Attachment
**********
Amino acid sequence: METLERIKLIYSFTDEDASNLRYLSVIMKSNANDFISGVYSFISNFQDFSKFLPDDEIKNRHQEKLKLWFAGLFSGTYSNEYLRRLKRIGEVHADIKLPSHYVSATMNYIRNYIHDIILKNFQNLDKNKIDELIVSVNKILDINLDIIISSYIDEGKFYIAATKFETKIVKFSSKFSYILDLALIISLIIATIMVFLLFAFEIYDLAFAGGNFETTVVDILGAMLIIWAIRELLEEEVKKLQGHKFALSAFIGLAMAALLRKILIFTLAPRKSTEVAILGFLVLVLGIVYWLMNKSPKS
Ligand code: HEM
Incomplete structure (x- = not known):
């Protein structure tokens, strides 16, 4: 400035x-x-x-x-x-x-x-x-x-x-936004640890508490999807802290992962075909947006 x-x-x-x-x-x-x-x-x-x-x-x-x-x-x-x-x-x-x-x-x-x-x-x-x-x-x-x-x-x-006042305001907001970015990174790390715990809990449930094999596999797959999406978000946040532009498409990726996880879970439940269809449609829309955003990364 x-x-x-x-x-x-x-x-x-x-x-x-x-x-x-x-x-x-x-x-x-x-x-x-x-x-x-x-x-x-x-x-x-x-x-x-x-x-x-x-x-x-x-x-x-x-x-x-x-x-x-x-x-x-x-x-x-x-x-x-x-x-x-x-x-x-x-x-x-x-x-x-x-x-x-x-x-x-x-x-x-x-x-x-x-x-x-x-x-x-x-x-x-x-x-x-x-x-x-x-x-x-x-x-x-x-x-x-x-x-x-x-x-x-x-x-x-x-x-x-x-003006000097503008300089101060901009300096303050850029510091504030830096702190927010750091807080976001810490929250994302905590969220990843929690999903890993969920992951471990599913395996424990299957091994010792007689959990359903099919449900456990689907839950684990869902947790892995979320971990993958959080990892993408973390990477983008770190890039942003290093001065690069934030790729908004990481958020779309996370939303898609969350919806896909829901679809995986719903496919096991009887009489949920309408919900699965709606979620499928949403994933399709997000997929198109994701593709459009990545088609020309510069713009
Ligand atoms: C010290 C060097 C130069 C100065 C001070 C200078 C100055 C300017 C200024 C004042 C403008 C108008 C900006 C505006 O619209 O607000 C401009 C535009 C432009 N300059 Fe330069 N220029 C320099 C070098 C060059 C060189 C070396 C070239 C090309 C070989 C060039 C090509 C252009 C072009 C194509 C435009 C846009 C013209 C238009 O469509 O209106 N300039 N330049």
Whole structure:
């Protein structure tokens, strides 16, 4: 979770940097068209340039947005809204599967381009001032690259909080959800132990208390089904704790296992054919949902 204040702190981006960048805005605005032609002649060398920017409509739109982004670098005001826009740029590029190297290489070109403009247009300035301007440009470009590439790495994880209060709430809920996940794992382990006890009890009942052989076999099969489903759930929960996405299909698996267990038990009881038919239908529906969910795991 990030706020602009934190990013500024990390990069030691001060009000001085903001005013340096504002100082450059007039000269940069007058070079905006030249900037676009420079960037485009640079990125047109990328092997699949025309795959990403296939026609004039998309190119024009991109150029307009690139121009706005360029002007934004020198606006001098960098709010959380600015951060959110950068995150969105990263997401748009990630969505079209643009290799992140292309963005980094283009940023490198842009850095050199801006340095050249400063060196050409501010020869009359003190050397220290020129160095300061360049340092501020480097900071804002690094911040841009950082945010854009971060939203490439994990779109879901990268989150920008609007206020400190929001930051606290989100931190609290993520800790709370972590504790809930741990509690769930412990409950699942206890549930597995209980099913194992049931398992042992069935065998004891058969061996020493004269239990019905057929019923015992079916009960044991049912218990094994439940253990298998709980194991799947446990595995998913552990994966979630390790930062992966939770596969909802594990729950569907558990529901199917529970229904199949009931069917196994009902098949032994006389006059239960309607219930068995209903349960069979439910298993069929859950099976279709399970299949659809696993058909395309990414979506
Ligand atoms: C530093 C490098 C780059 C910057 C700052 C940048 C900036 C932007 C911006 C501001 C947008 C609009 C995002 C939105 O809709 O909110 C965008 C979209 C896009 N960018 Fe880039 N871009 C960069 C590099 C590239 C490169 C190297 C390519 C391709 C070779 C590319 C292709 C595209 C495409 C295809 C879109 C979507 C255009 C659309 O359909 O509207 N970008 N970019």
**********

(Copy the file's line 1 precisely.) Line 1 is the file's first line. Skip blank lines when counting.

Amino acid sequence: METLERIKLIYSFTDEDASNLRYLSVIMKSNANDFISGVYSFISNFQDFSKFLPDDEIKNRHQEKLKLWFAGLFSGTYSNEYLRRLKRIGEVHADIKLPSHYVSATMNYIRNYIHDIILKNFQNLDKNKIDELIVSVNKILDINLDIIISSYIDEGKFYIAATKFETKIVKFSSKFSYILDLALIISLIIATIMVFLLFAFEIYDLAFAGGNFETTVVDILGAMLIIWAIRELLEEEVKKLQGHKFALSAFIGLAMAALLRKILIFTLAPRKSTEVAILGFLVLVLGIVYWLMNKSPKS